Miss Murdstone is the unmarried elder sister of Mr. Murdstone. As soon as Mr. Murdstone moves in to Mrs. Copperfield's house, Miss Murdstone accompanies him. And later on, when David hears of Mr. Murdstone's remarriage, it appears that Miss Murdstone has followed him there, too. We don't get much psychological depth to explain Miss Murdstone's cruelty. She really, really just seems to loathe David. She does her best to encourage Mr. Murdstone to beat David, and she frequently sneers and criticizes both David and poor Mrs. Copperfield.
Miss Murdstone is a woman without much power and influence of her own. We could speculate that she is as sadistic as Mr. Murdstone is but lacks the authority to bully people on her own. So, she needs to accompany Mr. Murdstone, and to be cruel vicariously through him. Which doesn't seem like much of a life.
A useful plot device, Miss Murdstone helps provide obstacles to David's marrying Dora. Out of the blue, Miss Murdstone takes a temporary job in Mr. Spenlow's household as a companion and chaperone for Dora once her mother dies. The mechanics of why she does this are unclear, but Dickens effectively illustrates the mutual surprise and disgust when she and David meet again by accident after a good seven or eight years of separation. Miss Murdstone suggests to David that they both let the past lie: they shouldn't reveal to the Spenlows how they know each other.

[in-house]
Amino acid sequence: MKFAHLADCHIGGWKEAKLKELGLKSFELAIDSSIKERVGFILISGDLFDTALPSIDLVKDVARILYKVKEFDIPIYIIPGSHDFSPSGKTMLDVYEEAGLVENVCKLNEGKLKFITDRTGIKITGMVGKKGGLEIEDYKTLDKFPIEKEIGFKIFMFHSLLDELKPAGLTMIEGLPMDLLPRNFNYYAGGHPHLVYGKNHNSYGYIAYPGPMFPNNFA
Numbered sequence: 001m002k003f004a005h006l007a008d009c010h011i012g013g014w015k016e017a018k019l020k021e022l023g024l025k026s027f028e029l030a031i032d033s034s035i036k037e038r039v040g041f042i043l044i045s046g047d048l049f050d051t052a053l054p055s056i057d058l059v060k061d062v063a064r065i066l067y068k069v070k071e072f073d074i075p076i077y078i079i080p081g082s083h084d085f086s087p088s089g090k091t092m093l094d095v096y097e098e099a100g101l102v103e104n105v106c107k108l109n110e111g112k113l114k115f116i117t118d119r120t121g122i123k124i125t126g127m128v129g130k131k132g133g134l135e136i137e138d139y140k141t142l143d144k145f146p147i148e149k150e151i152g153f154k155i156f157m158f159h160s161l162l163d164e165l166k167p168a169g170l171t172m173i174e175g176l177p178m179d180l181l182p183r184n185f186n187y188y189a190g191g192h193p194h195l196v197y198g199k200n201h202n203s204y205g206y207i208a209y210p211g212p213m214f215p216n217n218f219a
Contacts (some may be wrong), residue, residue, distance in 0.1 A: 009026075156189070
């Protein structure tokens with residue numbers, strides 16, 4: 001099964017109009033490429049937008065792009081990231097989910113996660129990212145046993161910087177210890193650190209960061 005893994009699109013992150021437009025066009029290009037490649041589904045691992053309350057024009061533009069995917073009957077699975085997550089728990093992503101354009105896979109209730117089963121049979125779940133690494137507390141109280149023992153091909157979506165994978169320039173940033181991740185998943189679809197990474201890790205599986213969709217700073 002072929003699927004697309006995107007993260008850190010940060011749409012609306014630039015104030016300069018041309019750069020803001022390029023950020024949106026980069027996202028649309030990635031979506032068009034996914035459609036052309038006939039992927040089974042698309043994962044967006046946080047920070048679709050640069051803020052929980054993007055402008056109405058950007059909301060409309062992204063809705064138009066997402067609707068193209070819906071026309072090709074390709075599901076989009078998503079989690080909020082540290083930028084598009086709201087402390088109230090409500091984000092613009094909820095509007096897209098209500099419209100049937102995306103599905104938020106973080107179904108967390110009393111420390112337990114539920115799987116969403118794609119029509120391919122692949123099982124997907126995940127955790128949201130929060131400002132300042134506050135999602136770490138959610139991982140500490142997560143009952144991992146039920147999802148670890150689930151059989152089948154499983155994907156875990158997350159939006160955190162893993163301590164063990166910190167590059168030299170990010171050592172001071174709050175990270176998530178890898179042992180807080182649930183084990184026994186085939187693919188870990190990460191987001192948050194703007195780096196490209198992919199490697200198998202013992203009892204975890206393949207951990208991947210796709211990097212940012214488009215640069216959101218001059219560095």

David agrees, but it's not so simple as that: Miss Murdstone still apparently hates David's guts and wants to damage him in any way that she can. So, when Miss Murdstone finds secret letters between David and Dora arranging their dates, Miss Murdstone immediately takes this evidence of a secret romance to Mr. Spenlow, without listening to Dora's pleas or protests. And it's on the evidence of these letters that Mr. Spenlow forbids David from getting engaged to Dora. Of course, Mr. Spenlow dies suddenly in, like, the next chapter, so all of that suspense immediately gets squashed. And Miss Murdstone vanishes, never to reappear in the novel again except as an object of gossip in relation to her brother's second marriage.